You know what this article doesn’t show? The human factor. It says that 116,000 injuries exist. Doess it detail what happens when 10,000,000 drivers are out of work? Does article detail how much lost tax revenue is created when 10 million people are put out of work? Recently there was a newcast showing how hackers used a computer to throw a cargo ship of course. What would happen if a hacker threw an entire truck route off course? Could the trucks all drive to a bridge and drive off into the river? What about all the trucks take a plung into the potomic? What about new roads and bypasses that haven’t been updated into the GPS system? How much would it cost? I bet a lot less than 116,000 injuries they claim drivers suffer each year.

  20. Karen says

    I agree. We did have a lot fewer problems with trucks when they were not computerized. And it cost a whole lot less to repair, mechanics were important to the industry. Now it cost $4000 to $10,000 to get engine work done when before an inframe overhaul cost $900.00! Out of frame about $2,500 to replace all belts, lines, hoses, wiring, etc. But think about who the cost belong to? Its not the trucking company if lease drivers pay for it. Cost isn’t paid for by developers when they pass the buck to owners. Technology saves money but when it puts mechanics out of work and quadruples the cost to maintain the vehicle, it does nothing to protect employment or provide well being to a persons livlihhod.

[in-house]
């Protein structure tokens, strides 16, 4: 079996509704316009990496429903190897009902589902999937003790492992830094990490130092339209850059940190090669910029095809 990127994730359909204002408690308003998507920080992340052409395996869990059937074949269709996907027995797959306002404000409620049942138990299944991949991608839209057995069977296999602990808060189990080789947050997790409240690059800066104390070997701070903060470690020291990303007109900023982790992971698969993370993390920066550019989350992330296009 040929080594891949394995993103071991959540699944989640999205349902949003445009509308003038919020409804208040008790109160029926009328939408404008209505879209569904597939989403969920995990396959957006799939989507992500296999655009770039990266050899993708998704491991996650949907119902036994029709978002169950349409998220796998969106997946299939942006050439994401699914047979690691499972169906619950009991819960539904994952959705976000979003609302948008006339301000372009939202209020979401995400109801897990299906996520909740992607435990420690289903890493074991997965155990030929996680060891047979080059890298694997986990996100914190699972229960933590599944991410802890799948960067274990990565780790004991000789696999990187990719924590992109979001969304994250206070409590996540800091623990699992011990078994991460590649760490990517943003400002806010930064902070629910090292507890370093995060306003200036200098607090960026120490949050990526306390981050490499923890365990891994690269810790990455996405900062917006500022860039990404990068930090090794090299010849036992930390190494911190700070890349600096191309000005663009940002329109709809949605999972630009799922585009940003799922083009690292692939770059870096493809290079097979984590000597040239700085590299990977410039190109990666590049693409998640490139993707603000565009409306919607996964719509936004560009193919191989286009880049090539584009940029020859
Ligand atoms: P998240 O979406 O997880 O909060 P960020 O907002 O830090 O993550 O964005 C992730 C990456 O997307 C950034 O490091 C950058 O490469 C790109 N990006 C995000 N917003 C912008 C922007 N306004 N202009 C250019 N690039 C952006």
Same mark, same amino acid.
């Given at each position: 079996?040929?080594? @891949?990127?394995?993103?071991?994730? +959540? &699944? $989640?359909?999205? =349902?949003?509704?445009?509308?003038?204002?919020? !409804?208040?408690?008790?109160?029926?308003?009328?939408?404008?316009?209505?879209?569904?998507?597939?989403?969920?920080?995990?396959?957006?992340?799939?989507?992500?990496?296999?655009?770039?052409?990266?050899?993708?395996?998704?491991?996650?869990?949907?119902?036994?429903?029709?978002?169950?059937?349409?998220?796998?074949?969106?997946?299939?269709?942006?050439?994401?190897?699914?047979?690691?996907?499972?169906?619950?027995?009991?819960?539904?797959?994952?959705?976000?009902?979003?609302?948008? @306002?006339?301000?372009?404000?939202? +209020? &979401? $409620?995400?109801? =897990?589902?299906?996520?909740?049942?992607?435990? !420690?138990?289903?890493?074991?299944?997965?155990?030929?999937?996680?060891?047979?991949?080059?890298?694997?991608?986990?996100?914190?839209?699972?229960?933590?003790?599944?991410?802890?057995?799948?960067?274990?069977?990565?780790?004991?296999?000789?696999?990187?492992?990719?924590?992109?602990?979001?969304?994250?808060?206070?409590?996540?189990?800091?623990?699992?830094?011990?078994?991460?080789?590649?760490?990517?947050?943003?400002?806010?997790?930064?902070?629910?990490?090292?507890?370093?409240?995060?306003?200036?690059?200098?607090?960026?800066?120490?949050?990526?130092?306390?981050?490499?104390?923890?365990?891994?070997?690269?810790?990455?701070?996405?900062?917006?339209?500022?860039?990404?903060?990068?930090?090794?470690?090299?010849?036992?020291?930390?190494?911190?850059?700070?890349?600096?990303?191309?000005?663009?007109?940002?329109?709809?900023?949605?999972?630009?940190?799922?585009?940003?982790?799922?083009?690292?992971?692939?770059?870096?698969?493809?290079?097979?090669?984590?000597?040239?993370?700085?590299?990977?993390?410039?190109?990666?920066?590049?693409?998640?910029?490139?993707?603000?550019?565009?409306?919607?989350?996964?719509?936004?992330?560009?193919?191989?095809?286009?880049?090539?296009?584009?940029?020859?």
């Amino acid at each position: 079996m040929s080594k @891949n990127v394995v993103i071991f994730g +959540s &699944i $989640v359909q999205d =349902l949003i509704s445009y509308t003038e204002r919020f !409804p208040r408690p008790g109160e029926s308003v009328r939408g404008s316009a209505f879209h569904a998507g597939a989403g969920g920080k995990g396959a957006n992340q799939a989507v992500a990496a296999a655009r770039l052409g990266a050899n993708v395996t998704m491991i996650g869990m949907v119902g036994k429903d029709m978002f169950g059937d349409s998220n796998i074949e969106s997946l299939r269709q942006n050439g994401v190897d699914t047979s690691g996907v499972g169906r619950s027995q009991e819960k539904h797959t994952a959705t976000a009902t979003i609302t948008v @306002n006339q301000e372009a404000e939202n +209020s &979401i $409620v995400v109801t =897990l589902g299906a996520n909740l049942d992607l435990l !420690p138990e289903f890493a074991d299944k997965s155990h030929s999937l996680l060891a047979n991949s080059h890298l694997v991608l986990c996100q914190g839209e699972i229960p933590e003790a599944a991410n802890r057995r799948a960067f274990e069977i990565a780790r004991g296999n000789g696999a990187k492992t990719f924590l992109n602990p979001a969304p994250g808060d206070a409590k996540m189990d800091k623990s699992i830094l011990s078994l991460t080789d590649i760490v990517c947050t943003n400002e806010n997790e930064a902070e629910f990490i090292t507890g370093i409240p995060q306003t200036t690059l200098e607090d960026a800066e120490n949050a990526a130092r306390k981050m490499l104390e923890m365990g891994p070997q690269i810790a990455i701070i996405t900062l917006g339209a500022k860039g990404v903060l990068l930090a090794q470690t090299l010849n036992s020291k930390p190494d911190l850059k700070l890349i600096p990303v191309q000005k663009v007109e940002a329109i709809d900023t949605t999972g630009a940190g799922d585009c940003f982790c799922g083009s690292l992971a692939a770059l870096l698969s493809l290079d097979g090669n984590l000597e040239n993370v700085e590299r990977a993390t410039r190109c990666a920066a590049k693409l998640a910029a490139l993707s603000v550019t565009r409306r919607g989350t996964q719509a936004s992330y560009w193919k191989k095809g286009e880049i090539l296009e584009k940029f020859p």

21. Madison says

    I don’t think we have anything to worry about. Until trains, plains and ships become automated we will have our jobs. Plus. I’m sure any self driving rig will still need an on board supervisor. It’s one thing to have a rock truck drive up and down a short road. It’s another for a hwy truck to be able to go anywhere. Regardless I’d be fine hanging out in a truck doing all the driving. 😉

    • Jethro says

      I just got my Cdl last year and already saw Google driverless cars in the city I used to live in. I welcome self-driving trucks with the provision that there must be an onboard attendant. I like listening to music but would not mind watching YouTube pretty much all Fay between fueling and loading/unloading.

  22. Ian says